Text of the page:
Deutsche Bank plans to move hundreds of staff out of London as a result of Brexit rather than the thousands first feared, a senior executive has said.
It is the latest global lender to roll back on suggestions of an exodus from the City caused by Britain’s departure from the European Union.
Deutsche previously said it was considering shifting up to 4,000 staff from London to Frankfurt.
The bank’s British boss John Cryan said last July that it was preparing for a Brexit outcome that would be “worse than people can imagine”.
But on Wednesday, Stefan Hoops, head of Deutsche’s capital market division in Germany, told reporters: “Not thousands will move from London, but rather hundreds.”
Deutsche Bank has its headquarters in Frankfurt but 8,600 staff are currently based in Britain.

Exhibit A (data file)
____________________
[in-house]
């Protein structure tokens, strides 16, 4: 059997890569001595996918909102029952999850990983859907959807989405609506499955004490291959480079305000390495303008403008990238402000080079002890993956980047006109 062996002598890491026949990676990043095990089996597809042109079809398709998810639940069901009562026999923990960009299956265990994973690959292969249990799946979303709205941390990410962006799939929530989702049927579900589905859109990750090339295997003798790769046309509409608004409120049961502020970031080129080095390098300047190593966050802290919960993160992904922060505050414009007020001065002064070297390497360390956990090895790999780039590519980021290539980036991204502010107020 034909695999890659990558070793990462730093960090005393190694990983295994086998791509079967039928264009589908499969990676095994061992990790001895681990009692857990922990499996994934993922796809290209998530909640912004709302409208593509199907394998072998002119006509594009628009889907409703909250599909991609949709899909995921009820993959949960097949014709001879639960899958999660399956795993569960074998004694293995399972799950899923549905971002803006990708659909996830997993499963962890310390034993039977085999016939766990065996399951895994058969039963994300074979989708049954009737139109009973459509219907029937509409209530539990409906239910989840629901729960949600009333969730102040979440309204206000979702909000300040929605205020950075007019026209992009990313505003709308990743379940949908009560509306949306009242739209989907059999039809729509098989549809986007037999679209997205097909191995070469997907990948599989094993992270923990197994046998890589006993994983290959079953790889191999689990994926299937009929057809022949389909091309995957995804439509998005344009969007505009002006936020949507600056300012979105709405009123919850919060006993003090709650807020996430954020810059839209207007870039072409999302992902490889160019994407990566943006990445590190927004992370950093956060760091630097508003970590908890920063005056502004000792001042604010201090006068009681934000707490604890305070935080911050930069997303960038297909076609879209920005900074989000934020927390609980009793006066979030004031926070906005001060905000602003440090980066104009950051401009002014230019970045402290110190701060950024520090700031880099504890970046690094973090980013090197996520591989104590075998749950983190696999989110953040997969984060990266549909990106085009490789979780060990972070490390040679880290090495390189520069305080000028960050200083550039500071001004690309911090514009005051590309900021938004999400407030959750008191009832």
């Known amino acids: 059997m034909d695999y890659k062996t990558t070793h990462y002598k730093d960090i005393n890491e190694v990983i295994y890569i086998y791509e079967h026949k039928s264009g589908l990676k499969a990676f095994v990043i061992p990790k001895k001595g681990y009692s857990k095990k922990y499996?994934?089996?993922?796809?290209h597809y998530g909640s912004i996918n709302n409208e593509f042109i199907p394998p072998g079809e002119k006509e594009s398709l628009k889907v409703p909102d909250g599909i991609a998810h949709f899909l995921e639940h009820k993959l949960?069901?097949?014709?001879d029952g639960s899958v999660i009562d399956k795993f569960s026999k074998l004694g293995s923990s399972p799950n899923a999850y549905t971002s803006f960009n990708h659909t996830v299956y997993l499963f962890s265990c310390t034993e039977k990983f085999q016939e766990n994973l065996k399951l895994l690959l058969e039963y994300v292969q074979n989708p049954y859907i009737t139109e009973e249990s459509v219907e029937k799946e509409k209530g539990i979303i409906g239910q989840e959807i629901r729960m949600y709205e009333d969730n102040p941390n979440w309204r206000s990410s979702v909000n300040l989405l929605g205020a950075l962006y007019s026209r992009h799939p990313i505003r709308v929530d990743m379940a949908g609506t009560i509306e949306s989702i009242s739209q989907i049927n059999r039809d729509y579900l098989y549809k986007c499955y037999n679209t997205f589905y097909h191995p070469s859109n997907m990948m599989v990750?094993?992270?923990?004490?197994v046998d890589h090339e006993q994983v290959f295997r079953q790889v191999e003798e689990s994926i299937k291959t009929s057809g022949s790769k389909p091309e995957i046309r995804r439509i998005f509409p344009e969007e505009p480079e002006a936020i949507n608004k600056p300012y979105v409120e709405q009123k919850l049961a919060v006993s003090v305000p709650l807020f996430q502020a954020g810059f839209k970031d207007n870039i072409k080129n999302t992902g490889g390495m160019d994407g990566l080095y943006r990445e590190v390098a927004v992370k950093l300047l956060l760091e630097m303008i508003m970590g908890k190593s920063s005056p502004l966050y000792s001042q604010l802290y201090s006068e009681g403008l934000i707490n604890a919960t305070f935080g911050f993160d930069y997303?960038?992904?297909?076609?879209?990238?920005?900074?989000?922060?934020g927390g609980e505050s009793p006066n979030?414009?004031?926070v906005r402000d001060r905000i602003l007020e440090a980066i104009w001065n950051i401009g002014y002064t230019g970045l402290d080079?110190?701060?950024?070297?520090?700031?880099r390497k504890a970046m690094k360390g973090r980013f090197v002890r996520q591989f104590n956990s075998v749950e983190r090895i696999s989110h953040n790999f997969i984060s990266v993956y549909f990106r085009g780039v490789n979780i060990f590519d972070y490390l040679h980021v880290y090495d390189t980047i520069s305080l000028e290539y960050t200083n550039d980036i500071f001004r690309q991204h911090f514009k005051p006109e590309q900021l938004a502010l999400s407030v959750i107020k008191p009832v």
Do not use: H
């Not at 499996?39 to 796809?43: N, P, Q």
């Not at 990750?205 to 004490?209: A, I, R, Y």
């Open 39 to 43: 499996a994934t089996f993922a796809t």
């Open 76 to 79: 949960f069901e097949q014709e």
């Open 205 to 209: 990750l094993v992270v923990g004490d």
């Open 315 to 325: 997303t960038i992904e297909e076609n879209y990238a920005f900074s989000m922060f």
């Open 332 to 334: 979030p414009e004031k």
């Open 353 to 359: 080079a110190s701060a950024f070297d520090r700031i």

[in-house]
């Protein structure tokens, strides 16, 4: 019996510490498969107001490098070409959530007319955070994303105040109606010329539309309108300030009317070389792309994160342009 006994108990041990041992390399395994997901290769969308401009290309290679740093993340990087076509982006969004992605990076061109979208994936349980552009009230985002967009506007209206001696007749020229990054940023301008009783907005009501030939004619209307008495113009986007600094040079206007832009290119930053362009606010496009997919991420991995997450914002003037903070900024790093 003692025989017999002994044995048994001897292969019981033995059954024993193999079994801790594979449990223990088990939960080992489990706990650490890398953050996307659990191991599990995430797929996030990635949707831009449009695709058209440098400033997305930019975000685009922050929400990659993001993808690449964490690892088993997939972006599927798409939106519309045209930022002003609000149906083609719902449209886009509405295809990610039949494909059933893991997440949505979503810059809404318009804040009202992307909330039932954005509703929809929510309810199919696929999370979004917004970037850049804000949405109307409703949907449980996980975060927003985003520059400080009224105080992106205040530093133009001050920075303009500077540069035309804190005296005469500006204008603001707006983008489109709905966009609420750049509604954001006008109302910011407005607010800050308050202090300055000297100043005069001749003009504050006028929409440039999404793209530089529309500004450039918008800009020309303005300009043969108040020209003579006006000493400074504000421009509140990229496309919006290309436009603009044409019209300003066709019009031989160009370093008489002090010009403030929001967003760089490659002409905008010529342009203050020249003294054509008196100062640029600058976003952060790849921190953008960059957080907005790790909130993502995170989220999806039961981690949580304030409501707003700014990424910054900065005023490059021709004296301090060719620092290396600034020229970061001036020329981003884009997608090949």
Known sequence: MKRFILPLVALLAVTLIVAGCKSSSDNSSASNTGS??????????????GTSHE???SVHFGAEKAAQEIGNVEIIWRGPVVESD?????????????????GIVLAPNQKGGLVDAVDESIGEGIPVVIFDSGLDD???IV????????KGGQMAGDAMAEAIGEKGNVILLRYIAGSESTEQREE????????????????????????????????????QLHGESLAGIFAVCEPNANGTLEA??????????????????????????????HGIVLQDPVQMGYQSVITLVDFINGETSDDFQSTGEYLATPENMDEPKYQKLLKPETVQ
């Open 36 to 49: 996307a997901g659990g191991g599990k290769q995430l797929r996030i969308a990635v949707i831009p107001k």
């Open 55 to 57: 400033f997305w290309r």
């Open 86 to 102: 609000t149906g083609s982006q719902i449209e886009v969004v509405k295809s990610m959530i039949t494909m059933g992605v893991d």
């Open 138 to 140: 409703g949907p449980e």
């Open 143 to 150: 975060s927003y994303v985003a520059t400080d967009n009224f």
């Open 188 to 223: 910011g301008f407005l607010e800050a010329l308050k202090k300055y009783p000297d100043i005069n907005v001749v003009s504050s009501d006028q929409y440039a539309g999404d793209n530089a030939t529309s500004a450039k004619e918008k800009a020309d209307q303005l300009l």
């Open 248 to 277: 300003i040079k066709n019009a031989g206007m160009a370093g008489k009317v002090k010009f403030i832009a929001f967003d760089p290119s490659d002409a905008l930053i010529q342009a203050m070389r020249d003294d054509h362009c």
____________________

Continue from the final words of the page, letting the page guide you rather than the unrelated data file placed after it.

It is now planning a new booking centre in the German city to handle the billions of euros worth of non-European business currently routed through London – which may not be allowed after Brexit.
Mr Hoops said a few senior traders would relocate to Frankfurt as well as risk managers and legal and support staff.
“But the lion’s share of traders will remain in London,” he added.
Traders will mainly continue handling orders in the City but the booking of the trades will be carried out in Frankfurt.
Last October, Sergio Ermotti, the head of Swiss banking giant UBS, said its “worst case scenario” of having to shift 1,000 jobs out of London due to Brexit was looking “more and more unlikely”.
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He said there had been “more regulatory and political clarification about what we need to do”.
A few days later, HSBC said that its transfer of employees from London to Paris may be less than the 1,000 previously thought.